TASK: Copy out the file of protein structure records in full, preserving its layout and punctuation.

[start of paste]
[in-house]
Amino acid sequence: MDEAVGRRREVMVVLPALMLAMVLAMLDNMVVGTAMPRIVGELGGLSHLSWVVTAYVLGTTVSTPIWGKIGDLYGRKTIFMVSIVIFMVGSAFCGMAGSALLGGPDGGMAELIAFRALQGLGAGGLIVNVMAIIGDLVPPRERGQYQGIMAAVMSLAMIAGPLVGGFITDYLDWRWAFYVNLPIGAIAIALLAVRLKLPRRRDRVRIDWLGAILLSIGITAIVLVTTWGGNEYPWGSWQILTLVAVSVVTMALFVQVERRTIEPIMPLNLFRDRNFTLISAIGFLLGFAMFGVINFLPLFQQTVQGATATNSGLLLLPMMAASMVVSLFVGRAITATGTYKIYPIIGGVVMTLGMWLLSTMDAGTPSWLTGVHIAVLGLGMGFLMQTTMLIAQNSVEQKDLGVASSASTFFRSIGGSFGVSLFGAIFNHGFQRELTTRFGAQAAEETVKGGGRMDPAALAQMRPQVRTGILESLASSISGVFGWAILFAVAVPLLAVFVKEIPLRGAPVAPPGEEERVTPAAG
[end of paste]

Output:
[in-house]
Amino acid sequence: MDEAVGRRREVMVVLPALMLAMVLAMLDNMVVGTAMPRIVGELGGLSHLSWVVTAYVLGTTVSTPIWGKIGDLYGRKTIFMVSIVIFMVGSAFCGMAGSALLGGPDGGMAELIAFRALQGLGAGGLIVNVMAIIGDLVPPRERGQYQGIMAAVMSLAMIAGPLVGGFITDYLDWRWAFYVNLPIGAIAIALLAVRLKLPRRRDRVRIDWLGAILLSIGITAIVLVTTWGGNEYPWGSWQILTLVAVSVVTMALFVQVERRTIEPIMPLNLFRDRNFTLISAIGFLLGFAMFGVINFLPLFQQTVQGATATNSGLLLLPMMAASMVVSLFVGRAITATGTYKIYPIIGGVVMTLGMWLLSTMDAGTPSWLTGVHIAVLGLGMGFLMQTTMLIAQNSVEQKDLGVASSASTFFRSIGGSFGVSLFGAIFNHGFQRELTTRFGAQAAEETVKGGGRMDPAALAQMRPQVRTGILESLASSISGVFGWAILFAVAVPLLAVFVKEIPLRGAPVAPPGEEERVTPAAG